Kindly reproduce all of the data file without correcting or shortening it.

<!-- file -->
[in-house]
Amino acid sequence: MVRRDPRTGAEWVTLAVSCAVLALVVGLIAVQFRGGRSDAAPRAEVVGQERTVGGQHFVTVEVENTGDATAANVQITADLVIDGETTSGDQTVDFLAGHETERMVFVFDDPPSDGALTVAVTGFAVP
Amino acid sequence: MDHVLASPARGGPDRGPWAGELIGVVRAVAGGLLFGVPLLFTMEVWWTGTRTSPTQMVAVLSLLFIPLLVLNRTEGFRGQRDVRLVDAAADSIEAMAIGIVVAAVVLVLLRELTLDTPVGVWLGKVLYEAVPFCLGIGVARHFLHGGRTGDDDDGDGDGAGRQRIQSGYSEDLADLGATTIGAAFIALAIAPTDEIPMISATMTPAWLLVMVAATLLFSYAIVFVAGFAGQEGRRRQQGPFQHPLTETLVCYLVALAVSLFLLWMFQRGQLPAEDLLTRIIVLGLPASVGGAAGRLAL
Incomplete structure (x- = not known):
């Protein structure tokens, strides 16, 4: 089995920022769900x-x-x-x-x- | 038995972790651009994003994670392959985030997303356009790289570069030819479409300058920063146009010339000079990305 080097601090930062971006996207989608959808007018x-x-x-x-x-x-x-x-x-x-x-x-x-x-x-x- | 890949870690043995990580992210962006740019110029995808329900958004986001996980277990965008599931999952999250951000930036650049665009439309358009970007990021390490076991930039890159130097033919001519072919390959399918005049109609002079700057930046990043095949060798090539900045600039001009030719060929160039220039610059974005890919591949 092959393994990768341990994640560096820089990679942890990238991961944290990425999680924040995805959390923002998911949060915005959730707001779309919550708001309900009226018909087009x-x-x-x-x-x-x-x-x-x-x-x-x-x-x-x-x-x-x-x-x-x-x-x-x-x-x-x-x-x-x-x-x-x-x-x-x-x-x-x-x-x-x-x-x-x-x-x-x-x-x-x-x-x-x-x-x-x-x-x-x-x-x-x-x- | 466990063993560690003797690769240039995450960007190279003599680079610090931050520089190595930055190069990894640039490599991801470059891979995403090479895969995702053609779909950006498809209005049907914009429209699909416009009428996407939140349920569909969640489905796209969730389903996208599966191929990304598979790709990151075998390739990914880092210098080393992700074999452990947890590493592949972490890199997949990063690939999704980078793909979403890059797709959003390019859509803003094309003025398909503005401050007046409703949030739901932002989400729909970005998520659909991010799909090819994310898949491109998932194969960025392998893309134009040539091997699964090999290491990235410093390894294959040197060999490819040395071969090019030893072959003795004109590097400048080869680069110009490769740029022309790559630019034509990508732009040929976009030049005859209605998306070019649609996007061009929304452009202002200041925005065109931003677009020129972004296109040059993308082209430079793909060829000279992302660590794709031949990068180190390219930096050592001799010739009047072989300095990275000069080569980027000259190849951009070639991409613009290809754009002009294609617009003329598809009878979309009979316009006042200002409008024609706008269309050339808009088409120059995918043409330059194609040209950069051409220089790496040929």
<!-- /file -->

[in-house]
Amino acid sequence: MVRRDPRTGAEWVTLAVSCAVLALVVGLIAVQFRGGRSDAAPRAEVVGQERTVGGQHFVTVEVENTGDATAANVQITADLVIDGETTSGDQTVDFLAGHETERMVFVFDDPPSDGALTVAVTGFAVP
Amino acid sequence: MDHVLASPARGGPDRGPWAGELIGVVRAVAGGLLFGVPLLFTMEVWWTGTRTSPTQMVAVLSLLFIPLLVLNRTEGFRGQRDVRLVDAAADSIEAMAIGIVVAAVVLVLLRELTLDTPVGVWLGKVLYEAVPFCLGIGVARHFLHGGRTGDDDDGDGDGAGRQRIQSGYSEDLADLGATTIGAAFIALAIAPTDEIPMISATMTPAWLLVMVAATLLFSYAIVFVAGFAGQEGRRRQQGPFQHPLTETLVCYLVALAVSLFLLWMFQRGQLPAEDLLTRIIVLGLPASVGGAAGRLAL
Incomplete structure (x- = not known):
């Protein structure tokens, strides 16, 4: 089995920022769900x-x-x-x-x- | 038995972790651009994003994670392959985030997303356009790289570069030819479409300058920063146009010339000079990305 080097601090930062971006996207989608959808007018x-x-x-x-x-x-x-x-x-x-x-x-x-x-x-x- | 890949870690043995990580992210962006740019110029995808329900958004986001996980277990965008599931999952999250951000930036650049665009439309358009970007990021390490076991930039890159130097033919001519072919390959399918005049109609002079700057930046990043095949060798090539900045600039001009030719060929160039220039610059974005890919591949 092959393994990768341990994640560096820089990679942890990238991961944290990425999680924040995805959390923002998911949060915005959730707001779309919550708001309900009226018909087009x-x-x-x-x-x-x-x-x-x-x-x-x-x-x-x-x-x-x-x-x-x-x-x-x-x-x-x-x-x-x-x-x-x-x-x-x-x-x-x-x-x-x-x-x-x-x-x-x-x-x-x-x-x-x-x-x-x-x-x-x-x-x-x-x- | 466990063993560690003797690769240039995450960007190279003599680079610090931050520089190595930055190069990894640039490599991801470059891979995403090479895969995702053609779909950006498809209005049907914009429209699909416009009428996407939140349920569909969640489905796209969730389903996208599966191929990304598979790709990151075998390739990914880092210098080393992700074999452990947890590493592949972490890199997949990063690939999704980078793909979403890059797709959003390019859509803003094309003025398909503005401050007046409703949030739901932002989400729909970005998520659909991010799909090819994310898949491109998932194969960025392998893309134009040539091997699964090999290491990235410093390894294959040197060999490819040395071969090019030893072959003795004109590097400048080869680069110009490769740029022309790559630019034509990508732009040929976009030049005859209605998306070019649609996007061009929304452009202002200041925005065109931003677009020129972004296109040059993308082209430079793909060829000279992302660590794709031949990068180190390219930096050592001799010739009047072989300095990275000069080569980027000259190849951009070639991409613009290809754009002009294609617009003329598809009878979309009979316009006042200002409008024609706008269309050339808009088409120059995918043409330059194609040209950069051409220089790496040929």